The first hypertext novel: 253

Geoff Ryman is a Canadian born science fiction and fantasy writer. He is a man of many talents and was responsible for the first British monarchy websites and number 10 websites. If you haven’t heard of him, worry not. Amazing Stuff is here dig up all the world’s buried treasures, like Ryman’s novel 253.

In 1996, Ryman built a website to exhibit his “interactive novel” in which he portrays the lives of all 253 passengers on a London Underground train. Each portrait is 253 words long, and there are 253 linkable pages. (253 is the total number of people that can fit into a London tube if all the seats are taken and no-one is standing up.) Each chapter starts with a map of who is sitting where. It is then your decision whose life you wish to examine, and thoughts you wish to read.

Ryman draws on our voyeuristic natures to construct a mosaic of lives, and manages to weave connections between characters, when even they themselves are unaware of it. Ryman’s portraits take three points of view – outward appearance, inside information and what the characters are doing or thinking.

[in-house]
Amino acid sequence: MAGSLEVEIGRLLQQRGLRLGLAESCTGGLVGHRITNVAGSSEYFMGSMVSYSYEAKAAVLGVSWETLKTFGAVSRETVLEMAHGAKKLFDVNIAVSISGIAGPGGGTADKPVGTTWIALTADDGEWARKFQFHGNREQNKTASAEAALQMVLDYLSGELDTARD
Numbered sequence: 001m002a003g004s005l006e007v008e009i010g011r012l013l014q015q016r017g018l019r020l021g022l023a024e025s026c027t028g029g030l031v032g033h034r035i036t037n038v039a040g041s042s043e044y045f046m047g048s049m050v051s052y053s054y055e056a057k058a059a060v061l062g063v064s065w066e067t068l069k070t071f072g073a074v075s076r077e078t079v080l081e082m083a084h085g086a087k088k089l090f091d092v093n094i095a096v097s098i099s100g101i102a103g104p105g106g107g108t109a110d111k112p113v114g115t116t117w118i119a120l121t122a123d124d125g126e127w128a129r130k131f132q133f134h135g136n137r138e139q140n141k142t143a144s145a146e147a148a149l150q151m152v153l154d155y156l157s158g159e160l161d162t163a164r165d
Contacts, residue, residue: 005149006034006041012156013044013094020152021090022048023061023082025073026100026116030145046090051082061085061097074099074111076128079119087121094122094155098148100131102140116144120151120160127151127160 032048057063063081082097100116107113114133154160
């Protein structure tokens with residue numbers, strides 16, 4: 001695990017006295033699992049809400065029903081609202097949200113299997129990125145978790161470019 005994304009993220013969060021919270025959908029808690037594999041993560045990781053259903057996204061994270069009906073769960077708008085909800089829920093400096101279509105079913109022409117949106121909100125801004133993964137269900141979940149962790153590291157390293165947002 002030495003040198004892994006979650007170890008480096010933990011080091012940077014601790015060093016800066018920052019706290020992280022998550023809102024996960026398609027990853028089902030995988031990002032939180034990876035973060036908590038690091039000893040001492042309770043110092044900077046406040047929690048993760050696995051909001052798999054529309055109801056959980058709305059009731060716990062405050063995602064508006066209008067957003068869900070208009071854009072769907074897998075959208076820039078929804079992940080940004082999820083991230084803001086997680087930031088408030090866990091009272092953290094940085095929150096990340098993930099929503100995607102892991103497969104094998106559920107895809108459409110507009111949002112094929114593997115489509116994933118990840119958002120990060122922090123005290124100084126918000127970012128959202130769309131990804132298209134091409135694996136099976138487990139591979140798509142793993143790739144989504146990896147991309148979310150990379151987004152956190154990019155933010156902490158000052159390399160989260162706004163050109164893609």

Ryman suggests the following: “Do you sometimes wonder who the strangers around you are? This novel will give you the illusion that you can know. Indeed, it can make you feel omniscient, Godlike. This is a pleasurable sensation. But please remember that once you leave 253 , you are no longer Godlike. The author, of course, is.”

253 has recently celebrated its 15th birthday, and although some of the characters and descriptions are definitely mid-90s, this is more than a “child-of-its-time” creation. Throw in a few Blackberrys and iPods and see how many of Ryman’s characters are on your daily commute.

Refreshingly, despite the development of the internet over the past decade and a half, Ryman refuses to update the interface so readers can still enjoy 253 in all its 1996 graphical glory at

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